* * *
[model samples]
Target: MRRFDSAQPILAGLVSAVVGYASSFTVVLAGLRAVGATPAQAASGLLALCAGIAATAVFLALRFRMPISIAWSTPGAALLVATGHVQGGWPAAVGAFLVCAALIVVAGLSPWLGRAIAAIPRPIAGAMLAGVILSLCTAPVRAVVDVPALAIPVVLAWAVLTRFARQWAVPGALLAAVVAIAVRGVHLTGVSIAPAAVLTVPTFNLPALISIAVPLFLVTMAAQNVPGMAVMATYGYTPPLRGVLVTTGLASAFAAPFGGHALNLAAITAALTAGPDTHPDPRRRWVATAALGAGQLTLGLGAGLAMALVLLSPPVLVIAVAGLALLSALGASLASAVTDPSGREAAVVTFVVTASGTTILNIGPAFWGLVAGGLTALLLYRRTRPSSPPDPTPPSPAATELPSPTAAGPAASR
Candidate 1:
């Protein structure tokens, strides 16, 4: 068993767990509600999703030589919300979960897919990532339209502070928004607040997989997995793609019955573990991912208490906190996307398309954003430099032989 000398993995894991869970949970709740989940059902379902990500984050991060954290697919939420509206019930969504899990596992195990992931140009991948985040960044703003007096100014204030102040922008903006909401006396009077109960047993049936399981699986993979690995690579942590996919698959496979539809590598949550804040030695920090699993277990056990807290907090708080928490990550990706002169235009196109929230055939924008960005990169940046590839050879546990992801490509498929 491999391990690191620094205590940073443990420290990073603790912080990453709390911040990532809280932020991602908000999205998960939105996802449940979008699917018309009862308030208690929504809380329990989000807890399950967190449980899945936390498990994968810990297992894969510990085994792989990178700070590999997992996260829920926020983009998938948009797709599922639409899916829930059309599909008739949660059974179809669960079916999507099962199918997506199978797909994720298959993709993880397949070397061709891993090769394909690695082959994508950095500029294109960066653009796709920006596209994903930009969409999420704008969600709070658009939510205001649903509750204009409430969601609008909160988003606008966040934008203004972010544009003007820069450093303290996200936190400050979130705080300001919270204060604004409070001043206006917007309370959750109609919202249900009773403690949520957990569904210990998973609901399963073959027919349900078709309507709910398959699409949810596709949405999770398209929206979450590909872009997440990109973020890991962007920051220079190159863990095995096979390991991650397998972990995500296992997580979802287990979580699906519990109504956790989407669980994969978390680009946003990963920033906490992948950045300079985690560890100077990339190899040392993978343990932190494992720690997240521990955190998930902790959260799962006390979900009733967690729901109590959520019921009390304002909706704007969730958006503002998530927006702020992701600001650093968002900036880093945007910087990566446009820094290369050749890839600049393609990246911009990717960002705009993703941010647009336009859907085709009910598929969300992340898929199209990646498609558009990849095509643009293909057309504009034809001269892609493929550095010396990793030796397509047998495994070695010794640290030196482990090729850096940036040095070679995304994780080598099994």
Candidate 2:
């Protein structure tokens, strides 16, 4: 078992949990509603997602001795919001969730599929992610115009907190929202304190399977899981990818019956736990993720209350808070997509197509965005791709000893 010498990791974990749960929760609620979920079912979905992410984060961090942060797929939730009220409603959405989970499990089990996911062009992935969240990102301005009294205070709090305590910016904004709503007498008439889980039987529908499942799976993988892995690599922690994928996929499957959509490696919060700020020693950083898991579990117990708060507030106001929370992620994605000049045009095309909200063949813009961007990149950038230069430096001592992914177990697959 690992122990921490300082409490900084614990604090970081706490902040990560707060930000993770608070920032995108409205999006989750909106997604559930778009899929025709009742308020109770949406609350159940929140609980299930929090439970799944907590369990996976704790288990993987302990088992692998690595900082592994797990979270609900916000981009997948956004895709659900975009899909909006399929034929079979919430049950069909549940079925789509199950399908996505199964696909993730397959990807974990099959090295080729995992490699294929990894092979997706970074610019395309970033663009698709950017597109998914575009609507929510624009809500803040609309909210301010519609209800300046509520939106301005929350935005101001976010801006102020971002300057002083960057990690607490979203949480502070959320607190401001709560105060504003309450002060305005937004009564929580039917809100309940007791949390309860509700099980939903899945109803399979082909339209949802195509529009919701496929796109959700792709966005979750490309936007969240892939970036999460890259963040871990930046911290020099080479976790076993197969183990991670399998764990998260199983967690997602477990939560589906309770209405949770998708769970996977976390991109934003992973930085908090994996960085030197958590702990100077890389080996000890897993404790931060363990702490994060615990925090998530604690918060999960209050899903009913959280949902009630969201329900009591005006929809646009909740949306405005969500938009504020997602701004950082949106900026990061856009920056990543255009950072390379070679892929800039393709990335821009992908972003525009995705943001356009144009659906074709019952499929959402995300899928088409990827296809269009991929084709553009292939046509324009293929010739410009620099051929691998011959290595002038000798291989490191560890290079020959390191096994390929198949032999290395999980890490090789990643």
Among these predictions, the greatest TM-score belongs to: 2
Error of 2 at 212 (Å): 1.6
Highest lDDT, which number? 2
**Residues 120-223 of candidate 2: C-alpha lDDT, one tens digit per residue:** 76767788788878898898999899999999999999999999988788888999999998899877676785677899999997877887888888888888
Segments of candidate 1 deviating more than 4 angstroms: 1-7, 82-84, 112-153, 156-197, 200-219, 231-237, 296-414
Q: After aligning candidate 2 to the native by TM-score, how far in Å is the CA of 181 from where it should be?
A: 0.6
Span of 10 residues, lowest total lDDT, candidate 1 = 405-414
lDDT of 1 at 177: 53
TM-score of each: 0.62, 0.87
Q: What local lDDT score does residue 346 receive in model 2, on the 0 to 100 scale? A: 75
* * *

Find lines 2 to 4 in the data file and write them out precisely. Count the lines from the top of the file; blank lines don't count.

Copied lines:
Target: MRRFDSAQPILAGLVSAVVGYASSFTVVLAGLRAVGATPAQAASGLLALCAGIAATAVFLALRFRMPISIAWSTPGAALLVATGHVQGGWPAAVGAFLVCAALIVVAGLSPWLGRAIAAIPRPIAGAMLAGVILSLCTAPVRAVVDVPALAIPVVLAWAVLTRFARQWAVPGALLAAVVAIAVRGVHLTGVSIAPAAVLTVPTFNLPALISIAVPLFLVTMAAQNVPGMAVMATYGYTPPLRGVLVTTGLASAFAAPFGGHALNLAAITAALTAGPDTHPDPRRRWVATAALGAGQLTLGLGAGLAMALVLLSPPVLVIAVAGLALLSALGASLASAVTDPSGREAAVVTFVVTASGTTILNIGPAFWGLVAGGLTALLLYRRTRPSSPPDPTPPSPAATELPSPTAAGPAASR
Candidate 1:
């Protein structure tokens, strides 16, 4: 068993767990509600999703030589919300979960897919990532339209502070928004607040997989997995793609019955573990991912208490906190996307398309954003430099032989 000398993995894991869970949970709740989940059902379902990500984050991060954290697919939420509206019930969504899990596992195990992931140009991948985040960044703003007096100014204030102040922008903006909401006396009077109960047993049936399981699986993979690995690579942590996919698959496979539809590598949550804040030695920090699993277990056990807290907090708080928490990550990706002169235009196109929230055939924008960005990169940046590839050879546990992801490509498929 491999391990690191620094205590940073443990420290990073603790912080990453709390911040990532809280932020991602908000999205998960939105996802449940979008699917018309009862308030208690929504809380329990989000807890399950967190449980899945936390498990994968810990297992894969510990085994792989990178700070590999997992996260829920926020983009998938948009797709599922639409899916829930059309599909008739949660059974179809669960079916999507099962199918997506199978797909994720298959993709993880397949070397061709891993090769394909690695082959994508950095500029294109960066653009796709920006596209994903930009969409999420704008969600709070658009939510205001649903509750204009409430969601609008909160988003606008966040934008203004972010544009003007820069450093303290996200936190400050979130705080300001919270204060604004409070001043206006917007309370959750109609919202249900009773403690949520957990569904210990998973609901399963073959027919349900078709309507709910398959699409949810596709949405999770398209929206979450590909872009997440990109973020890991962007920051220079190159863990095995096979390991991650397998972990995500296992997580979802287990979580699906519990109504956790989407669980994969978390680009946003990963920033906490992948950045300079985690560890100077990339190899040392993978343990932190494992720690997240521990955190998930902790959260799962006390979900009733967690729901109590959520019921009390304002909706704007969730958006503002998530927006702020992701600001650093968002900036880093945007910087990566446009820094290369050749890839600049393609990246911009990717960002705009993703941010647009336009859907085709009910598929969300992340898929199209990646498609558009990849095509643009293909057309504009034809001269892609493929550095010396990793030796397509047998495994070695010794640290030196482990090729850096940036040095070679995304994780080598099994």